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Orlando Alumni NPHC Step Show takes center stage at Orange County Convention Center

Theme for this year’s event was ‘your voice, your vote’

Orlando Alumni NPHC Step Show 2020
Orlando Alumni NPHC Step Show 2020

ORANGE COUNTY, Fla. – Nine teams took the stage Saturday night at the Linda Chapin Theater at the Orange County Convention Center during the NPHC Greek Step Show.

Four black Greek letter organizations from the National Pan-Hellenic Council performed, with Phi Beta Sigma Fraternity, Incorporated taking the crown.

The men of Phi Beta Sigma Fraternity, Inc. perform at Orlando Alumni NPHC Step Show.
The men of Phi Beta Sigma Fraternity, Inc. perform at Orlando Alumni NPHC Step Show.

February is Black History Month, a time when, since 1976, the nation has recognized important people and events in African-American culture.

Stepping -- which includes chanting, signing, dancing and drama -- is a staple in black culture.

It’s a performance that mixes folk traditions with pop themes.

Starting in 1906, historically black fraternities and sororities on U.S. college campuses would traditionally sing and dance to celebrate new membership of their respective organizations.

Organizations would step during those inductions or probates to pay homage to new members of the organization as well as honor those who came before them.

National Pan-Hellenic Council, or NPHC organizations, have captivated people who are not part of Greek life through stepping.

In present day, it has become a way for members of organizations to show pride for their fraternity or sorority.

There are nine NPHC organizations, also known as “The Divine Nine."

Alpha Phi Alpha Fraternity, Inc. - Founded at Cornell University in 1906

Alpha Phi Alpha
Alpha Phi Alpha

Alpha Kappa Alpha Sorority, Inc. - Founded at Howard University in 1908

Alpha Kappa Alpha
Alpha Kappa Alpha

Kappa Alpha Psi Fraternity, Inc. - Founded at Indiana University in 1911

Kappa Alpha Psi
Kappa Alpha Psi

Omega Psi Phi Fraternity, Inc. - Founded at Howard University in 1911

Omega Psi Phi
Omega Psi Phi

Delta Sigma Theta Sorority, Inc. - Founded at Howard University in 1913

Delta Sigma Theta
Delta Sigma Theta

Phi Beta Sigma Fraternity, Inc. - Founded at Howard University in 1914

Phi Beta Sigma
Phi Beta Sigma

Zeta Phi Beta Sorority, Inc. - Founded at Howard University in 1920

Zeta Phi Beta
Zeta Phi Beta

Sigma Gamma Rho Sorority, Inc. - Founded at Butler University in 1922

Sigma Gamma Rho
Sigma Gamma Rho

Iota Phi Theta Fraternity, Inc. - Founded at Morgan State University in 1963

Iota Phi Theta
Iota Phi Theta

Only four organizations from the Divine Nine participated in this year’s event: Alpha Phi Alpha, Alpha Kappa Alpha, Delta Sigma Theta and Phi Beta sigma.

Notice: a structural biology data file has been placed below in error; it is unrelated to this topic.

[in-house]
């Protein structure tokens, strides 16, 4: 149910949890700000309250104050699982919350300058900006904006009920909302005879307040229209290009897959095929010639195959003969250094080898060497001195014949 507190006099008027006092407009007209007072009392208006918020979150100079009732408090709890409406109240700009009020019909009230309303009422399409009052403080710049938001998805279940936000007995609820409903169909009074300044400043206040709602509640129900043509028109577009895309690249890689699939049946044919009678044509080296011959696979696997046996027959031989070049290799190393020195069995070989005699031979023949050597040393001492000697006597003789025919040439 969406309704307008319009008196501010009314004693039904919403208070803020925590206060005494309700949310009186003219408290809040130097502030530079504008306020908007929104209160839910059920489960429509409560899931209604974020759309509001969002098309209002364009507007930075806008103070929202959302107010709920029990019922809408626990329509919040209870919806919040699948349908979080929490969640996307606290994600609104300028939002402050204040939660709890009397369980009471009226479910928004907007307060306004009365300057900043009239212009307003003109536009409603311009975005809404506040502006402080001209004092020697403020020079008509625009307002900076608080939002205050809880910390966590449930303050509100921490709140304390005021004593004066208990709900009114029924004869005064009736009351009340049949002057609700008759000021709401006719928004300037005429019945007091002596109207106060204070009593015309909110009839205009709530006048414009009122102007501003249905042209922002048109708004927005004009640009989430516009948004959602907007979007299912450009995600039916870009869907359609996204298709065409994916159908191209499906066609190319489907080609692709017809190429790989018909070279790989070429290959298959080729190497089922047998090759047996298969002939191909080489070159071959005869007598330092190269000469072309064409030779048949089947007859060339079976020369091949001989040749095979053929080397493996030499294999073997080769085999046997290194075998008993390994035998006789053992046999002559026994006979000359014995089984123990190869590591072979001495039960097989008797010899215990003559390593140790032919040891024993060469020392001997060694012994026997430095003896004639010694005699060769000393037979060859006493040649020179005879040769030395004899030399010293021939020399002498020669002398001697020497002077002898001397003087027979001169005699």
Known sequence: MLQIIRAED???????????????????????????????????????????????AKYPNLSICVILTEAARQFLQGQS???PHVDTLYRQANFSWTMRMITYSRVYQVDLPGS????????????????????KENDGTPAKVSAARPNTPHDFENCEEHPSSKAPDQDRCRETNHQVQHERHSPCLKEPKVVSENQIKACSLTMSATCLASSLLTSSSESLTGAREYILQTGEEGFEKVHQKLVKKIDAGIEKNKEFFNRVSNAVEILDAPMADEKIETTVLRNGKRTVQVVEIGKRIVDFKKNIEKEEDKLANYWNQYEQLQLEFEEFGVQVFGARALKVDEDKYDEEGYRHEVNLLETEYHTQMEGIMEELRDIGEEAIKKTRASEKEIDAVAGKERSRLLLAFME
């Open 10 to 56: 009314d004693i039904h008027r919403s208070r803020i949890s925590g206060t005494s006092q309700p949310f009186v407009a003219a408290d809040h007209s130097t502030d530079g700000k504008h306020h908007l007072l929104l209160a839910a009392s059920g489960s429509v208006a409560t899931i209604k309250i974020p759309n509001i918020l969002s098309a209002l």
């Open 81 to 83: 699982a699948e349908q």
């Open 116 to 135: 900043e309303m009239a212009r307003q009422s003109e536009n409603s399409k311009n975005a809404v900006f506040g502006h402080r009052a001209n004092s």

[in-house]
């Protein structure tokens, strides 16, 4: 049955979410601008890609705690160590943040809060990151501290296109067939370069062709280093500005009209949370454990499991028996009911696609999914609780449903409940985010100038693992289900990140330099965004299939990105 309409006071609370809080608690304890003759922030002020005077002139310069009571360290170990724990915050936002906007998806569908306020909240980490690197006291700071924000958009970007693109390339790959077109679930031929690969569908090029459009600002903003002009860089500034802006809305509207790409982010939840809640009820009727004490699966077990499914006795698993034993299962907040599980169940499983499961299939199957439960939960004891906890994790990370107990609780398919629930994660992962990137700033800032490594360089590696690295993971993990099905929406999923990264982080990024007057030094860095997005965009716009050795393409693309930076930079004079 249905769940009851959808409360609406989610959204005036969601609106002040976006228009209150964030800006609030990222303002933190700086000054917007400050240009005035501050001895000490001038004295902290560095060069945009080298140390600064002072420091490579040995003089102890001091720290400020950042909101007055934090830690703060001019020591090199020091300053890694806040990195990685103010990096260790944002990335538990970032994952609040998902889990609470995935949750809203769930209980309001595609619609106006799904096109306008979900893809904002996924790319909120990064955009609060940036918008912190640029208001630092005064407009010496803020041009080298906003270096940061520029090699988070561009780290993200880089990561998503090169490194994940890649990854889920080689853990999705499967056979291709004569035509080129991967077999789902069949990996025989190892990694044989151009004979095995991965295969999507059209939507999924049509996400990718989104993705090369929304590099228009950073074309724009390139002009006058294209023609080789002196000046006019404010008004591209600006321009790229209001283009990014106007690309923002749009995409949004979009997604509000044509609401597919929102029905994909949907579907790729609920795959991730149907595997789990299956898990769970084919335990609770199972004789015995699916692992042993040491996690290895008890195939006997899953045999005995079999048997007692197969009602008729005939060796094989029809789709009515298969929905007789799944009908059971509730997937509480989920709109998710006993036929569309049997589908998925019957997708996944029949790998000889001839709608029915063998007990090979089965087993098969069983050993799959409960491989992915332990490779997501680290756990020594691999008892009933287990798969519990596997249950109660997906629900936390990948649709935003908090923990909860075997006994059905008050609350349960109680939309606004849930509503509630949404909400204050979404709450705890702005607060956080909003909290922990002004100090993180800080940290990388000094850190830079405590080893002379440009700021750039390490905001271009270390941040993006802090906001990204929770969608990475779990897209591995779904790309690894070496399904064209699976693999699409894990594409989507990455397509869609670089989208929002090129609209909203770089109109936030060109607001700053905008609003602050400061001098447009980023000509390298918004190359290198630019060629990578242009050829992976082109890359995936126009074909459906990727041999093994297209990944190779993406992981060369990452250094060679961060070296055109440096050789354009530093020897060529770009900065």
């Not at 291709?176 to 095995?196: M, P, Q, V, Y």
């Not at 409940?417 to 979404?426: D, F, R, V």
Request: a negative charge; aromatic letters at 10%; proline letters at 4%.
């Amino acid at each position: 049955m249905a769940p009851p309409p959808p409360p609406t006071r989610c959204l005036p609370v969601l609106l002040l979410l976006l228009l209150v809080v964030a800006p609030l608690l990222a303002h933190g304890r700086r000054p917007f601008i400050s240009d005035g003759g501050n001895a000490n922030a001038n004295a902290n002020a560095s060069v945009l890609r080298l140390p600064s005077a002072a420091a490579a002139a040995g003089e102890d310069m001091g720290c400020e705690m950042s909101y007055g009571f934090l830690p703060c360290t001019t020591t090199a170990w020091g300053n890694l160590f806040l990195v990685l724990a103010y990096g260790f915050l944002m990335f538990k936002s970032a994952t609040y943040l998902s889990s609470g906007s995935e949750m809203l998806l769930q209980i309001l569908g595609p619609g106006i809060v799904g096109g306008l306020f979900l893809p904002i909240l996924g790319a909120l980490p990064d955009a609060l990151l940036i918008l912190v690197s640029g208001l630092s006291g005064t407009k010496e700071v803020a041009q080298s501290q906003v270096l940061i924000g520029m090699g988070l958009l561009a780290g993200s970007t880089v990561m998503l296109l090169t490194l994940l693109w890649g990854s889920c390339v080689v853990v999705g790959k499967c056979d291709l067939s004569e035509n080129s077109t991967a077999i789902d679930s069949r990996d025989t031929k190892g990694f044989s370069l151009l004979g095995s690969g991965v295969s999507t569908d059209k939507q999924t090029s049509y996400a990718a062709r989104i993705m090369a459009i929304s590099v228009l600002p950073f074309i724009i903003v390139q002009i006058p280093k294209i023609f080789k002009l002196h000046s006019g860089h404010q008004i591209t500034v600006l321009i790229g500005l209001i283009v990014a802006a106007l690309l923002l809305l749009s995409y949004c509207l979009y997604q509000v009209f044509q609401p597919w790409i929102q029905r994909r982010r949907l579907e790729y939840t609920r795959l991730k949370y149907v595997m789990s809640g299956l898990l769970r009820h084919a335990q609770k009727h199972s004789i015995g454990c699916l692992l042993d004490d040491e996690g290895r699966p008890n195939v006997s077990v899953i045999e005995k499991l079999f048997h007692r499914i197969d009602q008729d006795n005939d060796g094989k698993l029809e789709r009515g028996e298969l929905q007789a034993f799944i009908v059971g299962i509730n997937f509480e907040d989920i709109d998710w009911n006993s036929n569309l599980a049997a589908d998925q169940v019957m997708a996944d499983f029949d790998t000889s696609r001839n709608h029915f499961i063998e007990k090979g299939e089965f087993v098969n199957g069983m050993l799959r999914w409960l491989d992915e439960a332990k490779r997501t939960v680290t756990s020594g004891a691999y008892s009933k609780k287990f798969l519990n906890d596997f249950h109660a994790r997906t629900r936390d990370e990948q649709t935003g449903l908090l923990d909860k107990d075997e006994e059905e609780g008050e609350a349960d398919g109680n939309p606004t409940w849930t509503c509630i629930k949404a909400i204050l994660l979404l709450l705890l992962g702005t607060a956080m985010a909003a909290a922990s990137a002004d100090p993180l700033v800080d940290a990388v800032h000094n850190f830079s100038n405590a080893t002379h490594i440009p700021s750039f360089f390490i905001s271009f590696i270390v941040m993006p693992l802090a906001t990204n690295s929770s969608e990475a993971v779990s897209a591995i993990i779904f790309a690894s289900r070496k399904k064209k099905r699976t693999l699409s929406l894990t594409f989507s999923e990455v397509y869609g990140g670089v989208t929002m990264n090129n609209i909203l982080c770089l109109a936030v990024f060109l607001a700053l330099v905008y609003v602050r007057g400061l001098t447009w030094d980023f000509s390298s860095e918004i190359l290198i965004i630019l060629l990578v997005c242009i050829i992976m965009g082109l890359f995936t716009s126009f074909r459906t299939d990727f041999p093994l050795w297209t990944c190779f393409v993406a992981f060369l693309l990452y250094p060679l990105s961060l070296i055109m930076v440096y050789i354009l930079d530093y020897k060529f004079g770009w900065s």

Most of the the performances in this year’s step show focused on voting.

The theme was “your voice, your vote” in an effort to get black voters to the polls in the upcoming November election.

In 1870, black men were given the right to vote through the 15th Amendment but black women weren’t allowed to vote until 1920, when the Nineteenth Amendment was signed to stop the federal government from denying the right to vote to people because of their sex.

1920 (Chicago) -- The 19th amendment giving women the right to vote had passed in the Senate just three days earlier, and women were represented in significant numbers for the first time with 27 delegates and 129 alternates.
1920 (Chicago) -- The 19th amendment giving women the right to vote had passed in the Senate just three days earlier, and women were represented in significant numbers for the first time with 27 delegates and 129 alternates.

Although those Amendments were passed, exercising those rights were difficult because of voter suppression and Jim Crow laws.

Securing voting rights for blacks in the South was a major focus of the Civil Rights movement.

It wasn’t until 1965 that the Voting Rights Act signed by President Lyndon Johnson legally ended racial discrimination in voting.

1965: President Lyndon B. Johnson signs the Voting Rights Act of 1965 into law, outlawing discriminatory voting practices based on race or color. The signing ceremony was attended by Dr. Martin Luther King Jr., Rosa Parks and other civil rights leaders.
1965: President Lyndon B. Johnson signs the Voting Rights Act of 1965 into law, outlawing discriminatory voting practices based on race or color. The signing ceremony was attended by Dr. Martin Luther King Jr., Rosa Parks and other civil rights leaders. (Yoichi Okamoto via Wikimedia Commons)

Read how the 2020 election will commemorate two important anniversaries for black voters here.


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